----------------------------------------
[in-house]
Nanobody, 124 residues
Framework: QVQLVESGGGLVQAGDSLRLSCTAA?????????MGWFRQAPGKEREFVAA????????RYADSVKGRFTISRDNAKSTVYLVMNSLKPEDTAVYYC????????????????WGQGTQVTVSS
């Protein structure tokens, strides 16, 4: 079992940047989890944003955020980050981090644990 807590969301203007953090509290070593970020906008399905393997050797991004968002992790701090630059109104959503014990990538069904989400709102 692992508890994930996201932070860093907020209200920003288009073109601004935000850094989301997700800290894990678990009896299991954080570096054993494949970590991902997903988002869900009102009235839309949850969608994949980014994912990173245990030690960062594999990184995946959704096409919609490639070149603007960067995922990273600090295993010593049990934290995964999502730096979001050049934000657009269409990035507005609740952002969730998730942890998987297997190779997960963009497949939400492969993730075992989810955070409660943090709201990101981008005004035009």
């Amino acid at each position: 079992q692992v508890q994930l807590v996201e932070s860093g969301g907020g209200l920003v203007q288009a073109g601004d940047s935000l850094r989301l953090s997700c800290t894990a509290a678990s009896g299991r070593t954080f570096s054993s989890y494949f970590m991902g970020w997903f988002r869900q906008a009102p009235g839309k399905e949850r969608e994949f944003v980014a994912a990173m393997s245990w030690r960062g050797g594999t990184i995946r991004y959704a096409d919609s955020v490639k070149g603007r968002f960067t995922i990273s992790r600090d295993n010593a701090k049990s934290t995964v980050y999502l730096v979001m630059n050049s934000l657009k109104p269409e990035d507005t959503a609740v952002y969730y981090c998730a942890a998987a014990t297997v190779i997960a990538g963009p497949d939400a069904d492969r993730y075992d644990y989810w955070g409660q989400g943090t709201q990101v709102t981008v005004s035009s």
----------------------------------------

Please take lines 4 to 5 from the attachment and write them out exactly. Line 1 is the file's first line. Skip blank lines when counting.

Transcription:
């Protein structure tokens, strides 16, 4: 079992940047989890944003955020980050981090644990 807590969301203007953090509290070593970020906008399905393997050797991004968002992790701090630059109104959503014990990538069904989400709102 692992508890994930996201932070860093907020209200920003288009073109601004935000850094989301997700800290894990678990009896299991954080570096054993494949970590991902997903988002869900009102009235839309949850969608994949980014994912990173245990030690960062594999990184995946959704096409919609490639070149603007960067995922990273600090295993010593049990934290995964999502730096979001050049934000657009269409990035507005609740952002969730998730942890998987297997190779997960963009497949939400492969993730075992989810955070409660943090709201990101981008005004035009």
């Amino acid at each position: 079992q692992v508890q994930l807590v996201e932070s860093g969301g907020g209200l920003v203007q288009a073109g601004d940047s935000l850094r989301l953090s997700c800290t894990a509290a678990s009896g299991r070593t954080f570096s054993s989890y494949f970590m991902g970020w997903f988002r869900q906008a009102p009235g839309k399905e949850r969608e994949f944003v980014a994912a990173m393997s245990w030690r960062g050797g594999t990184i995946r991004y959704a096409d919609s955020v490639k070149g603007r968002f960067t995922i990273s992790r600090d295993n010593a701090k049990s934290t995964v980050y999502l730096v979001m630059n050049s934000l657009k109104p269409e990035d507005t959503a609740v952002y969730y981090c998730a942890a998987a014990t297997v190779i997960a990538g963009p497949d939400a069904d492969r993730y075992d644990y989810w955070g409660q989400g943090t709201q990101v709102t981008v005004s035009s």